My hand hovered on the gate. It was just a house. It wasn’t haunted or anything. Despite everything else in Savannah seemingly being haunted. Gran had lived a long, long life. She’d passed with peace in her heart, knowing she’d done the best she could with her circumstances. But it didn’t make it any easier to step over the threshold. I’d been avoiding it all weekend after driving in from Atlanta with Lila, where I worked as a professor at Emory. She’d graciously let me stay with her mom down the street. Deb always had warm hugs and an open heart. I was grateful for her this weekend, but now, I finally had to face the empty house.

With a deep breath, I stepped into the yard. I kept my focus forward as I mounted the small stoop, reaching the iconic bright yellow door. I twisted the worn silver knob in my hand. The hinges gave with a slight creak as I crossed over onto the original hardwood floor. Everything was precisely where it had always been. The floral couch against the far wall. A color-coordinated pink and brown set of chairs on either side of it. Gramps’ brown leather recliner tucked in the corner. The rug was a threadbare multicolored thing that Gran had always taken special care of since it had belonged to her mom. The TV was way past outdated and veering toward an antique. She’d never cared for new, fandangle things. Though she secretly watched soaps on the nicer TV in her bedroom. I’d crawl into bed with her to find out what Stefano was doing to Marlena.

Pictures littered the walls, as they always had, collecting dust as much as memories. Gran was the third oldest of eight with pictures of her immense family all over the room. A scant few pictures of her own two daughters. They’d almost all been replaced by photographs of me and Maddox throughout the years.

“The kids I never had,” was what she always said.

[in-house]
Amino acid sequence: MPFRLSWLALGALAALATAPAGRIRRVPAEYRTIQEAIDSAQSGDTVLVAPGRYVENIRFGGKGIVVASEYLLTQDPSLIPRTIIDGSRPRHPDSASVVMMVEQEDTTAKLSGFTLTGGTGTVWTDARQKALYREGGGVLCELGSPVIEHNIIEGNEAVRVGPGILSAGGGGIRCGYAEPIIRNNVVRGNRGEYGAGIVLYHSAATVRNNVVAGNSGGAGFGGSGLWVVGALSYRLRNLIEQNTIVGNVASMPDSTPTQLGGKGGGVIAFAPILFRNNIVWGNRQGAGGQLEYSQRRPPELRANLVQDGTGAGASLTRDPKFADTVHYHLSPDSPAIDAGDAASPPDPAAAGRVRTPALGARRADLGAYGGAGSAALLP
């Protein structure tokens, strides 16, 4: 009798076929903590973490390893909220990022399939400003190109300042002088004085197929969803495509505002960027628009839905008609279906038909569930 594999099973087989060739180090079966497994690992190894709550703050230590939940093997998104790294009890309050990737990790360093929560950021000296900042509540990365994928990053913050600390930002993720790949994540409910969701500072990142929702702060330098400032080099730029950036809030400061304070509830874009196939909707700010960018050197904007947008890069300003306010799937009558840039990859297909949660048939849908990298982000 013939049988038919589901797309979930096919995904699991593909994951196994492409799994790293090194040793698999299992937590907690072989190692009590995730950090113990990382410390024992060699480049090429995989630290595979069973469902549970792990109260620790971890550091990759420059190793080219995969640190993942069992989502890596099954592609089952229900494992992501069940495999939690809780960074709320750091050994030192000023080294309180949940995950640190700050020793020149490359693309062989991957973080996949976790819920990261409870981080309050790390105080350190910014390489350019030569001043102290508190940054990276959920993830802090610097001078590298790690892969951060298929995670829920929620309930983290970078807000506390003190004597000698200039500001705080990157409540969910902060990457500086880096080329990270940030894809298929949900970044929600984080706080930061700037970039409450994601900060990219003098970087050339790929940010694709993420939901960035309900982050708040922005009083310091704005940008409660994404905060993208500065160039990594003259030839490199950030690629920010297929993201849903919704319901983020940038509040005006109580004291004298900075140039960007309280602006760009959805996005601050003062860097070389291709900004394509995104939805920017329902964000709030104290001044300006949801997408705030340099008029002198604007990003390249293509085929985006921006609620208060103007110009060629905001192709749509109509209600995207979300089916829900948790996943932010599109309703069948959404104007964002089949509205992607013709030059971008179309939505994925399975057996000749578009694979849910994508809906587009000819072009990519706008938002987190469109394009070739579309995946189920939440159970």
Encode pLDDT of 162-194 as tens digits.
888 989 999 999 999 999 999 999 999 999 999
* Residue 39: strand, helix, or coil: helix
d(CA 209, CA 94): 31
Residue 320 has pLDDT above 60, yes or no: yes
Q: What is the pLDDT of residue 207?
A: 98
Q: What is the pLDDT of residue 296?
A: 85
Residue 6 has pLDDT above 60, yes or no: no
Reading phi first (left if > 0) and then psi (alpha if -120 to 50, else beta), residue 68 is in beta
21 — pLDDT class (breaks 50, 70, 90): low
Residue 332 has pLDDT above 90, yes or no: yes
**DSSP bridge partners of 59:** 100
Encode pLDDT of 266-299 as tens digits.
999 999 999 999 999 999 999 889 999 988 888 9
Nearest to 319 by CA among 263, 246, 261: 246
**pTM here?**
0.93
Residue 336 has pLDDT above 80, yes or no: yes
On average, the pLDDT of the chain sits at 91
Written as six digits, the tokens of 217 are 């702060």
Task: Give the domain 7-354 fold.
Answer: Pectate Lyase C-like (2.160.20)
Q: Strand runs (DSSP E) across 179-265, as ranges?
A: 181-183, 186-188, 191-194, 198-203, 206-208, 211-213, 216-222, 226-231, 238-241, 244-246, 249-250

I’d laughed then. I just found it sad now.

I pressed my fingers to a graduation photo nearest the door. Maddox and I stood in baby-blue cap and gowns at the local high school. Gran and Gramps had their arms around each of us. Lila and our other best friend, Josie, beamed. I’d never seen Gran as happy as when I got that full scholarship to Duke.

“Off to bigger and better, chickadee.

It was too much. How was I supposed to survive a wake here? How could I fill Gran’s house with strangers? How had we gotten wrangled into this in the first place? I wanted to be left alone. I didn’t want any well-meaning cakes and dinners. I didn’t want people to tell me they were sorry for my loss. I didn’t want pity at all. I wanted Gran back. I wanted the impossible.

My heart constricted. That was the last thing I needed.

I could hear Maddox stomping around upstairs. Who even know what he was doing? I wanted to tell him to keep it down, but if stomping around helped him grieve, then who was I to tell him to keep it quiet?

Then the doorbell rang, saving me from making a decision.

I checked my reflection in a giant brass mirror that Gran had always called the Lipstick Mirror. My eyes were still puffy, but they weren’t lined with tears. My curly brown hair was actually manageable since Lila had gotten to it before the funeral. My cheeks rosy from the Savannah summer humidity. My lips a perfect neutral pink, just as Gran had always preferred. I’d even picked her favorite Estée Lauder color, Pinkberry.

“I got it,” I called out to Maddox and then swung the door open.

My heart stopped as I found Derek Ballentine standing before me in a three-piece navy-blue pinstripe suit. As impossibly tall as ever with his sideswept brown hair and those too-damn-keen hazel eyes. His lips were pouty with an exaggerated Cupid’s bow and always appeared as if he’d been kissing all afternoon. He looked like he’d walked off the set of Savannah’s quintessential film, Midnight in the Garden of Good and Evil. He’d always been gorgeous. And he was the very last person I wanted to see.